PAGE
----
RUDY GIULIANI, (R) PRESIDENTIAL CANDIDATE: Not from my point of view. From the point of my ideology and my thinking, the things I would like to see, which would be smaller government, tax cuts, she made the right vote on Iraq in having to deal with Saddam Hussein. I think her backing away from that vote y know that was popular within the Democratic Party. To me, that was very disappointing. She's worked hard, if that's what you're saying. Has she been a hard- working senator, absolutely?

And for the short time when we overlapped when I was the mayor, I was able to work with her and she was always cooperative in doing what the city needed. But her ideology is so different. Her wanting to move toward mandated government medicine. Socialized medicine.

BLITZER: If you became president would you be able to work with her other and Democrats?

GIULIANI: Of course. I ran a city that was 45 Democrats on the City Council and only six Republicans. A city that was five to one Democratic. I think one of the reasons that I should be the nominee of the party is I'm the only Republican candidate that can carry on a 50-state campaign. It's somewhat similar to this primary campaign that we're carrying on. I look at it as the day I get nominated, we're going to be campaigning all over the country. We'll be campaigning in New York and Connecticut and New Jersey and Delaware and Pennsylvania and California and Michigan.


BLITZER: Let's get a little reaction now to this interview with Rudy Giuliani from a man who knows a thing or two about presidential campaigns and he knows about his fellow democrats, as well. Joining us from Washington, the Democratic National Committee Chairman Howard Dean. Governor, thanks very much for coming in. How, how much do you fear Rudy Giuliani, if, in fact, he became the Republican presidential nominee, precisely because of the points he just made that he does appeal to potential Democratic voters?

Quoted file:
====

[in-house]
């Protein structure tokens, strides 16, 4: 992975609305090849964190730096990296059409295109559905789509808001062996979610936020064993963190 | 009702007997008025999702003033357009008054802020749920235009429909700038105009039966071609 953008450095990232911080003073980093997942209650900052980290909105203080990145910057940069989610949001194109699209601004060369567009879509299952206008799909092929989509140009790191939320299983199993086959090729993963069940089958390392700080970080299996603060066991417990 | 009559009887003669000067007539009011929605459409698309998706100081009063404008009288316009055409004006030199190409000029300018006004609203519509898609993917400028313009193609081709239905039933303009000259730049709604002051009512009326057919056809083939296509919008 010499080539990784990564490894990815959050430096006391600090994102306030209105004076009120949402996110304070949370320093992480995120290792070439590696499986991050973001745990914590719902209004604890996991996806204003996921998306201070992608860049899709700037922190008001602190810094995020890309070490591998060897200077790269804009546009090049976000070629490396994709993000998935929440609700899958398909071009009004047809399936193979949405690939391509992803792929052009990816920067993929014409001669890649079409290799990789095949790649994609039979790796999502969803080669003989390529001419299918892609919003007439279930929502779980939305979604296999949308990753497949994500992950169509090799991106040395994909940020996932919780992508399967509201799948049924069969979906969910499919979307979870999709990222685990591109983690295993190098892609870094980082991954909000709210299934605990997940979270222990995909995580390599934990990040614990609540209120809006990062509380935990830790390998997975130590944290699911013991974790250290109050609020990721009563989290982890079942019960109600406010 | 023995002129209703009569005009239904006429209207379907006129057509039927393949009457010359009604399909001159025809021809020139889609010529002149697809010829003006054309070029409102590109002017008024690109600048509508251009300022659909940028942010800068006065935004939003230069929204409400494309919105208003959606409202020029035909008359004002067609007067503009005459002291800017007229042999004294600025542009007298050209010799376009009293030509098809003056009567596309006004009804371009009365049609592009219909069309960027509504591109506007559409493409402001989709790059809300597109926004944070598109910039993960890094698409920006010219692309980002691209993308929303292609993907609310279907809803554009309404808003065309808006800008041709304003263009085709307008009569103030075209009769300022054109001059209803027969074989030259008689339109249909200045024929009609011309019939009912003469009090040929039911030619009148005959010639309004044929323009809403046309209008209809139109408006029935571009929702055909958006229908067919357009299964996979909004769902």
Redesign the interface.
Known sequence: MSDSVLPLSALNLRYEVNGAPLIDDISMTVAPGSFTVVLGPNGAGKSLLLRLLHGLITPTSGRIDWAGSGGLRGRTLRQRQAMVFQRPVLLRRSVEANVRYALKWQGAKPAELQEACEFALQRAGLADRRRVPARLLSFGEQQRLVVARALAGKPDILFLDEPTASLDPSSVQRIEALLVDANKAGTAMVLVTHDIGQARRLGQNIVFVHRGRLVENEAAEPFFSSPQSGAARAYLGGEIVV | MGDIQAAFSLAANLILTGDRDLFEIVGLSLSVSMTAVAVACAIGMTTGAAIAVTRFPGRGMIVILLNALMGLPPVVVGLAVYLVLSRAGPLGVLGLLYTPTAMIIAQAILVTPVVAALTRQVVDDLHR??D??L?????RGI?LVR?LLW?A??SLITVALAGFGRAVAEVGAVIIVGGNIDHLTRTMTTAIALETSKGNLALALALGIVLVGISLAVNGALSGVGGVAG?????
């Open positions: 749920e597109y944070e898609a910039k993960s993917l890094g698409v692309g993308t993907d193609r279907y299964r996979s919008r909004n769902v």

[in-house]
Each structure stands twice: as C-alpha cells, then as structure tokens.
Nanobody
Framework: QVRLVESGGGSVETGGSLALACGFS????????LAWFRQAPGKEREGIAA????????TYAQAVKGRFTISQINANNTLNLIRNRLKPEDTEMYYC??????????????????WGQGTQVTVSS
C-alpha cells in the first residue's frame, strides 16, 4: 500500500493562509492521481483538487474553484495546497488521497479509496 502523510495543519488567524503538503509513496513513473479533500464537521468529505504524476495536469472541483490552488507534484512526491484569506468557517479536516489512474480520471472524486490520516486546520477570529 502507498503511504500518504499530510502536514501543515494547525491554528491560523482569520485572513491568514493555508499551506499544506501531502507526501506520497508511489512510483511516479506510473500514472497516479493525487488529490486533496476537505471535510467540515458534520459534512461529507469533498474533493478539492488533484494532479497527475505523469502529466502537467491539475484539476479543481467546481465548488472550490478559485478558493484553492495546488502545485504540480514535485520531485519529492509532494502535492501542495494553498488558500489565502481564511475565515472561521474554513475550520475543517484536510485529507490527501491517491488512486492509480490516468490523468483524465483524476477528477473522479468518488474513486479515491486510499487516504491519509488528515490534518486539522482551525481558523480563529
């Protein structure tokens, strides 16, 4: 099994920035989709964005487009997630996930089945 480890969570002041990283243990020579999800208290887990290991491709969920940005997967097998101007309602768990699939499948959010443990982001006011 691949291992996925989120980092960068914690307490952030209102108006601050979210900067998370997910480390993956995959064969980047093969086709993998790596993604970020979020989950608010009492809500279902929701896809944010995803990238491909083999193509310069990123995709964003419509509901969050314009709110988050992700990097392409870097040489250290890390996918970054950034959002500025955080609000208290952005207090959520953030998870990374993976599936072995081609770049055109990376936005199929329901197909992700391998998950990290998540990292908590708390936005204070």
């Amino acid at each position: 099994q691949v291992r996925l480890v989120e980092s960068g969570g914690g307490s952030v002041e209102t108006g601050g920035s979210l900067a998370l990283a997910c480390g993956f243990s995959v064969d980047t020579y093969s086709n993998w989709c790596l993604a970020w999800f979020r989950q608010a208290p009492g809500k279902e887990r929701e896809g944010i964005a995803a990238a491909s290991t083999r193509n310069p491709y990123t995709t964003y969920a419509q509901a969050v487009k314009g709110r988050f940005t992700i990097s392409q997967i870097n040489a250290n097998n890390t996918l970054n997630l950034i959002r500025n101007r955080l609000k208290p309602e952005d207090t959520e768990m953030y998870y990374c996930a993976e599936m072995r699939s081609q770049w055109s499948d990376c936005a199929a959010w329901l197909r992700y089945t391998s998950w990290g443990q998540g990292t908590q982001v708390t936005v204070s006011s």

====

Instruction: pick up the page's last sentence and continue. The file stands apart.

HOWARD DEAN, DNC CHAIR: I think the biggest problem that any Republican has is that they're following one of the most unpopular presidents in history and they're all, as they campaign, swearing loyalty to them. They're all in favor of staying in Iraq. The Democrats believe we shouldn't be there. They're all in favor of pardoning Scooter Libby and we were proud that we passed an ethics bill that essentially required Trent Lott to retire before New Year's if they wanted to get on the K Street gravy train.

They all thought it was great when the president vetoed health care for kids. Our candidates all believe that we ought to have healthcare for kids.

So, there are some pretty stark differences. I welcome this race. I am looking forward to giving ...